What is a Ganglion Impar Block?
The ganglion impar is a group of nerve cells located in the front of the coccyx (tail bone), and is part of the sympathetic nervous system.
A ganglion impar block is a minimally-invasive procedure developed in 1990 that is used to reduce some of the symptoms of chronic pelvic or rectal pain by blocking nerve impulses. Abnormal signaling in the nerves of the ganglion impar due to over activity can result in chronic pain. Typically, this pain is felt in the region of the perineum and may be associated with nerve, organ, or tissue damage. It is often experienced as a vague or widely-distributed burning or discomfort in this area, which is controlled by the ganglion impar.
Ganglion impar blocks inhibit pain associated with the coccyx by injecting the ganglion impar with a local anesthetic.
What Results Can I Expect?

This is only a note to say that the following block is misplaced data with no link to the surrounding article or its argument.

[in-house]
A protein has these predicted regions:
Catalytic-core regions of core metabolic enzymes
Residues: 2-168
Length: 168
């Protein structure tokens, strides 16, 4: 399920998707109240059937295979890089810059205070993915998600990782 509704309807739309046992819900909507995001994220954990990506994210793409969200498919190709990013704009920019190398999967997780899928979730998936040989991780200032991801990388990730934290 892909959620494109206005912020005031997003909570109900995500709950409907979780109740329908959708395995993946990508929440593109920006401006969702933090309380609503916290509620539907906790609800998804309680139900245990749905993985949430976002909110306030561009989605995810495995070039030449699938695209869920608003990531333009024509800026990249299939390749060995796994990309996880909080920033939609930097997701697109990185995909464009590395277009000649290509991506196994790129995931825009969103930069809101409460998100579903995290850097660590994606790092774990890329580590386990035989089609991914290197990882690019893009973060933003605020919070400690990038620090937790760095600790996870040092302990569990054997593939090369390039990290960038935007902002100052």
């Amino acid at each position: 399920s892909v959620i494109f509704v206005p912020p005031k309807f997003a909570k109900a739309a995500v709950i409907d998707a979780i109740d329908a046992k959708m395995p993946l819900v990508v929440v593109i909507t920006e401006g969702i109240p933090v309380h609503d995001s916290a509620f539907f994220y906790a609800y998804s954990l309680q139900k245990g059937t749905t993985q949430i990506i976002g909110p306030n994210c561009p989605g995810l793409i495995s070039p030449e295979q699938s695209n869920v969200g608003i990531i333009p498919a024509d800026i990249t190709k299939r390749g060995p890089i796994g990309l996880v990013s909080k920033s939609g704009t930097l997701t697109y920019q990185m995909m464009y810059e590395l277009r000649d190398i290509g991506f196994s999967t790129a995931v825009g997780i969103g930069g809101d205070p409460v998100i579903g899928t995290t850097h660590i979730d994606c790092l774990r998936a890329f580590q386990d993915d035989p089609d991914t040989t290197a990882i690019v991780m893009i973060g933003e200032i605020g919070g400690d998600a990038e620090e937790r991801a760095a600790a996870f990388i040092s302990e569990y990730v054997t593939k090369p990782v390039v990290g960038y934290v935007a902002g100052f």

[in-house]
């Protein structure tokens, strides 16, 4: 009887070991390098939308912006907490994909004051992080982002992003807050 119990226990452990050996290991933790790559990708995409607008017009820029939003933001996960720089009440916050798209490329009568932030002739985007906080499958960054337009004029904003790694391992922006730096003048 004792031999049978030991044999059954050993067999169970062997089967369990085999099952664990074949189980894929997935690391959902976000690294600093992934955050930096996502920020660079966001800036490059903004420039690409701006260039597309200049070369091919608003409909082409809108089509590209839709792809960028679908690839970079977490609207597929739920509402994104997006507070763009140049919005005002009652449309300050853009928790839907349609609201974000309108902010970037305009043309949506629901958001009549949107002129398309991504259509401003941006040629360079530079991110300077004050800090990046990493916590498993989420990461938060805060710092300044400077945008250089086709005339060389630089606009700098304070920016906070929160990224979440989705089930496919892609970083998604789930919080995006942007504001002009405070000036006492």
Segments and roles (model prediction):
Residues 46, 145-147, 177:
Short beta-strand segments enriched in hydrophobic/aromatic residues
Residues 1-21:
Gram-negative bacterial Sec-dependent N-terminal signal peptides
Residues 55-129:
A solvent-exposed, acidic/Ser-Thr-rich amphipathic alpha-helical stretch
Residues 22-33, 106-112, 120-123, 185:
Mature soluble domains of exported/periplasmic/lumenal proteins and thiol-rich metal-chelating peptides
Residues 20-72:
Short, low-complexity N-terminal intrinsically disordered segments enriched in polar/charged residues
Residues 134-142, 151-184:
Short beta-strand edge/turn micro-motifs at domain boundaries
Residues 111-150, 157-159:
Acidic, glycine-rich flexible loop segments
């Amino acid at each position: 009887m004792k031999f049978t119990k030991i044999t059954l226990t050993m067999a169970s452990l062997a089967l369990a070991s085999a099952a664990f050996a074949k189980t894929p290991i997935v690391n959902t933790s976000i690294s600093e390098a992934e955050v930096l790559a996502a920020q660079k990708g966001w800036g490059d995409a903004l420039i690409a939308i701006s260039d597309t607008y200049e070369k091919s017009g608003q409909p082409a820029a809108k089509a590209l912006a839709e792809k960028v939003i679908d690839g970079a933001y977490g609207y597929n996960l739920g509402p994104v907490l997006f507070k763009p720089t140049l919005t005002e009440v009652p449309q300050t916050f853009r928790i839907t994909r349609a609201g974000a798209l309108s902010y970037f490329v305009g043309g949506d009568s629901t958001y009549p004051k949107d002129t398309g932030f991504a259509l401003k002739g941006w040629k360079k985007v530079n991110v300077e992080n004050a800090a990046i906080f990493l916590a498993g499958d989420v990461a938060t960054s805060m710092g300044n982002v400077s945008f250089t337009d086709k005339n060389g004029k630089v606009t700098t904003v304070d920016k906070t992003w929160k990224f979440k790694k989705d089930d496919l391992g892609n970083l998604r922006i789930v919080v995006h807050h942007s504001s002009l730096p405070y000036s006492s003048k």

Typically, most patients will report 100% or nearly 100% initial relief of their coccyx pain within just a few minutes of having the injection with a local anesthetic. When the local anesthetic wears off (usually within a few hours), some of the coccyx pain often returns, but usually at a much lower pain intensity than before the injection. This is presumably because the over-activity of the ganglion impar has been reduced
In some patients, a single injection may provide 100% relief that lasts long-term (without ANY coccyx pain returning at all). Most patients are not “cured” long-term by a single injection, and if a patient experiences some benefit from the injection, it may be repeated. Repeating the injections can eliminate or at least substantially reduce the pain in many patients. The degree of relief from these injections is often so significant that patients previously considering surgical removal of the coccyx no longer feel the need to have surgery.